A Matter of Moment

In the last issue of the Sports Car, official organ of the Sports Car Club of America, published in 1946, is an editorial by T. F. Robertson depreciating the new British sports cars. America is a great potential market for our specialised cars, so this attack is a matter of some moment. The attitude of our industry is described as “smug,” due to praise lavished on out-of-date cars by our Press — we leave it to readers to decide whether or not Motor Sport is guilty in this respect! Our 1946-7 utility cars are said to resemble American cars of ten years ago; our sports models are attacked by Mr. Robertson as basically eight years old with new or altered bodywork. Our racing cars, he says, have been hopelessly outclassed by the Italians in all major events. Geoffrey Taylor’s suggestion that Italian drivers should be barred from British races is quoted as one way of ensuring that Britain shall win. We do not propose to write much in reply to Mr. Robertson — we might be accused of contributing to the smugness of the British industry! But a few observations must be made. In the first place, our utility cars do not resemble American cars of ten years ago, most of them are too primitive for that. But they are the only kind of vehicles we can use in large numbers because of our taxation system — they also export strongly to impoverished countries for like reasons. Today about the cheapest car you can buy in England secondhand is the ten-year-old American, for obvious reasons. The attack on our 1947 sports models is to a degree deserved, but Mr. Robertson admits he has not heard of the new Lagonda, Healey, or the pedals-to-push Invicta. He does not seem to have any valid objection to the new Frazer-Nash, or to the “Aerodynamic” H.R.G. The Allard, he says, quoting from the Motor Sport road-test report, has the speed of a Chevrolet, the acceleration of a Mercury, and the fuel consumption of a Cadillac. Whether this is really the case could, of course, only be proved by putting these particular automobiles through the self-same test. The Allard is, however, an outstandingly successful trials car. Whether the o.h.v. Fiat “500,” the 6-cylinder sports Maserati, the new tubular-frame Lancia, the 6-cylinder Fiat, the D.B., the Ferrari flat-twelve, the supercharged Bugatti, the “6C” Alfa-Romeo and the Delage “Olympic,” which Mr. Robertson thinks will see-off most of our 1947 sports cars, will be so readily available as even British products for the next few years, remains to be seen. So far as racing is concerned, Parnell and Abecassis did beat Sommer and Chiron in Sweden, and Taylor’s views had a political or ethical basis having no reference to racing victories.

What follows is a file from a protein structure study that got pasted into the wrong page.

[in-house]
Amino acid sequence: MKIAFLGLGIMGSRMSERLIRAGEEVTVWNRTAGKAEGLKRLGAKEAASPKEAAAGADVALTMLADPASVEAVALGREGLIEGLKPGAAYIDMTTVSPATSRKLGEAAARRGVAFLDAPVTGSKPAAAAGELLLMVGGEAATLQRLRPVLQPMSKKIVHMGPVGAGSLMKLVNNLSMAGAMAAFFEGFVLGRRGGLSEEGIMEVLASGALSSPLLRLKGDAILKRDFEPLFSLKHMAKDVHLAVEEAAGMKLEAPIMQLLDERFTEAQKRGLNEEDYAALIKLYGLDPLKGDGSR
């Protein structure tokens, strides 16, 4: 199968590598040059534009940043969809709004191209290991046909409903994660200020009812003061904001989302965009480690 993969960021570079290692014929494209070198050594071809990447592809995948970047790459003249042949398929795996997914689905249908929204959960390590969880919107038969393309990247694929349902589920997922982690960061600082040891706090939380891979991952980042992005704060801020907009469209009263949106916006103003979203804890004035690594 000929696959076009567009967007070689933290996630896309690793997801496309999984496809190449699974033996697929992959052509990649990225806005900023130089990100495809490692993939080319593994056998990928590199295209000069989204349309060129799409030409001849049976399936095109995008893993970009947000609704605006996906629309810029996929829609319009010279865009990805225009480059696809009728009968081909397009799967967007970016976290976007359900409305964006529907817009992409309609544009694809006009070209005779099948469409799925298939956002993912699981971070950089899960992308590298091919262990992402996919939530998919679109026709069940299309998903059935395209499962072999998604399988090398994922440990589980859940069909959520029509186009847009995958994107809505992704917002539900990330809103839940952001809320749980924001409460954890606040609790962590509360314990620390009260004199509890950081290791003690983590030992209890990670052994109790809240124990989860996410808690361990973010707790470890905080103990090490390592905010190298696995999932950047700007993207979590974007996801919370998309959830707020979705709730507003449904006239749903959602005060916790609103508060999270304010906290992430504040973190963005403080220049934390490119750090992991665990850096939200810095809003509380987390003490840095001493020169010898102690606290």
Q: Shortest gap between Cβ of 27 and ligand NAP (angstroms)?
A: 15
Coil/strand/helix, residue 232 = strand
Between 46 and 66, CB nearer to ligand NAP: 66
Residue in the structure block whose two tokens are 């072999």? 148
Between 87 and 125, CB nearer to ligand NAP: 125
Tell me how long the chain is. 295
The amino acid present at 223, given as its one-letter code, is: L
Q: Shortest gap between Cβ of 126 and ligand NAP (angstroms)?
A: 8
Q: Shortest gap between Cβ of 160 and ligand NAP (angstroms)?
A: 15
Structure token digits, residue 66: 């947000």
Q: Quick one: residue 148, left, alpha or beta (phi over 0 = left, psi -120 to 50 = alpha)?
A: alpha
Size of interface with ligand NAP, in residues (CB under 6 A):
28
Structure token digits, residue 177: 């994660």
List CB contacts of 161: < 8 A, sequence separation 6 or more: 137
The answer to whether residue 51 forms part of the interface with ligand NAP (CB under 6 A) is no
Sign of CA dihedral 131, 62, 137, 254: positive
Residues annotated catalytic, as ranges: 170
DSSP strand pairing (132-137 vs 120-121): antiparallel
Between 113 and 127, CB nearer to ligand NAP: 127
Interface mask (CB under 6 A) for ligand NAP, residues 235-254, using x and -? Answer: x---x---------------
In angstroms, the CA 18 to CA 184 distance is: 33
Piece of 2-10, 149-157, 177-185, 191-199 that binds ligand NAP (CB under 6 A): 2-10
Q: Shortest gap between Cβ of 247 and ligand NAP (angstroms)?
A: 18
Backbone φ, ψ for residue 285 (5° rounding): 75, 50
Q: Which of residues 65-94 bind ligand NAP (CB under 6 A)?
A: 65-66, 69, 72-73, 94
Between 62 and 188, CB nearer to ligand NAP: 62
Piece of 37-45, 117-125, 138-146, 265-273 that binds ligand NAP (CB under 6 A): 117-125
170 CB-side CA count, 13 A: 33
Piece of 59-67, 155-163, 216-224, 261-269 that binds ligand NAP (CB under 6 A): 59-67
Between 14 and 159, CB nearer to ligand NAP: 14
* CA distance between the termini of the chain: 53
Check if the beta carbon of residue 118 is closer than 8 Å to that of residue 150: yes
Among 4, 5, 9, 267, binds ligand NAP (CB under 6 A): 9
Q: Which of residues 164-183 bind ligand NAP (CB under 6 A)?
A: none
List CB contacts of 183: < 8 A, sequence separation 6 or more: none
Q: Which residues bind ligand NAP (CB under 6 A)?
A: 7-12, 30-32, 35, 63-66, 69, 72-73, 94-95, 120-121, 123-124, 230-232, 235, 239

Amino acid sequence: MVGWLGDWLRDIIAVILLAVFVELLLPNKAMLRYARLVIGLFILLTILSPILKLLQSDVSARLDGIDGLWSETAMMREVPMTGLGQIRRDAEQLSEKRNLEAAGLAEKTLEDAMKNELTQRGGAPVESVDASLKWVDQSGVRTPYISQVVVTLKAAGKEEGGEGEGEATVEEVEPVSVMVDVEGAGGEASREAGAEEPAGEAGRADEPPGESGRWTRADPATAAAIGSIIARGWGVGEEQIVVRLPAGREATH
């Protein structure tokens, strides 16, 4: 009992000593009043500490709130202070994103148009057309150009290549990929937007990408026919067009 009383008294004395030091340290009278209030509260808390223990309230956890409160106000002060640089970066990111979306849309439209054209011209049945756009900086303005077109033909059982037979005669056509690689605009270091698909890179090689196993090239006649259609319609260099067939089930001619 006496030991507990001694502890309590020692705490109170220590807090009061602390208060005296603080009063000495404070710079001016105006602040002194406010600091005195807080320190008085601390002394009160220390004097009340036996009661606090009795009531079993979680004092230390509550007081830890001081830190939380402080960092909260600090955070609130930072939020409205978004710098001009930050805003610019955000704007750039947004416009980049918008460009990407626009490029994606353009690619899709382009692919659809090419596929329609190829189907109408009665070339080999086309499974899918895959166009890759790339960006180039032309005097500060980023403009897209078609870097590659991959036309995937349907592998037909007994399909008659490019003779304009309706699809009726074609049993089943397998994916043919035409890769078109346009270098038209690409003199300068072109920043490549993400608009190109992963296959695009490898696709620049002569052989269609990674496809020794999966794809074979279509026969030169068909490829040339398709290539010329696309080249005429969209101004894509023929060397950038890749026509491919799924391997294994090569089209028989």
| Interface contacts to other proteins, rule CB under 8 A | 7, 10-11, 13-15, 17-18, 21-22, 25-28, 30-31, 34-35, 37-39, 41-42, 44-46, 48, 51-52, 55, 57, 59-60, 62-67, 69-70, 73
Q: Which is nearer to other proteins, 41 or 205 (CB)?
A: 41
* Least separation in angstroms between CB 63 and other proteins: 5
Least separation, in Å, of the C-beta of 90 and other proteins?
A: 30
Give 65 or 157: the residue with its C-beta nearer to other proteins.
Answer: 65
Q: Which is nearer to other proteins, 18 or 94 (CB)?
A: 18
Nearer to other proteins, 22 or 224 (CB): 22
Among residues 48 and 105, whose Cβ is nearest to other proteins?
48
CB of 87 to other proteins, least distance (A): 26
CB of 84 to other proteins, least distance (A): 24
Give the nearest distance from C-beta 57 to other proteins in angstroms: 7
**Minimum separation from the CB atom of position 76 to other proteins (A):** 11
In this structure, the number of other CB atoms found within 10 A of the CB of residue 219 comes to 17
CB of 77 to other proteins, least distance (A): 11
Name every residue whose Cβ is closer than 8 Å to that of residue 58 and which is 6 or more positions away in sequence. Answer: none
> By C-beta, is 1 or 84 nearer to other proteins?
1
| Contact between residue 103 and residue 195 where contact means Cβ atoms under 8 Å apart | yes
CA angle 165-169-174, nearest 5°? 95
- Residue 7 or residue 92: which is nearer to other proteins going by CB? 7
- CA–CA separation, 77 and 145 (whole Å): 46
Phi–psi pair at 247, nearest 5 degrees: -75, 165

Mr. Robertson concludes with some praise for British motor-cycles, of which he says nine different makes are now distributed in the U.S.A., over 1,000 B.S.A.s being sold in 1946, and Lucas and Smith’s service stations being in course of establishment. The conclusion drawn is that these motor-cycles are better finished, and have a better international reputation, than our sports cars. The curious thing is that on the front cover of the issue of the Sports Car which contains this anti-British car article is a magnificent photograph of a 3-litre Bentley with American registration, and a note relating to it draws attention to “the radiator . . . not as yet developed to the point where it looked like a jukebox, but for some reason which is no longer clear, still looked pretty much like a radiator.” Yet Mr. Robertson decries our old-fashioned sports cars! Well, well. Perhaps, looking at this Bentley cover-picture, he shall be forgiven!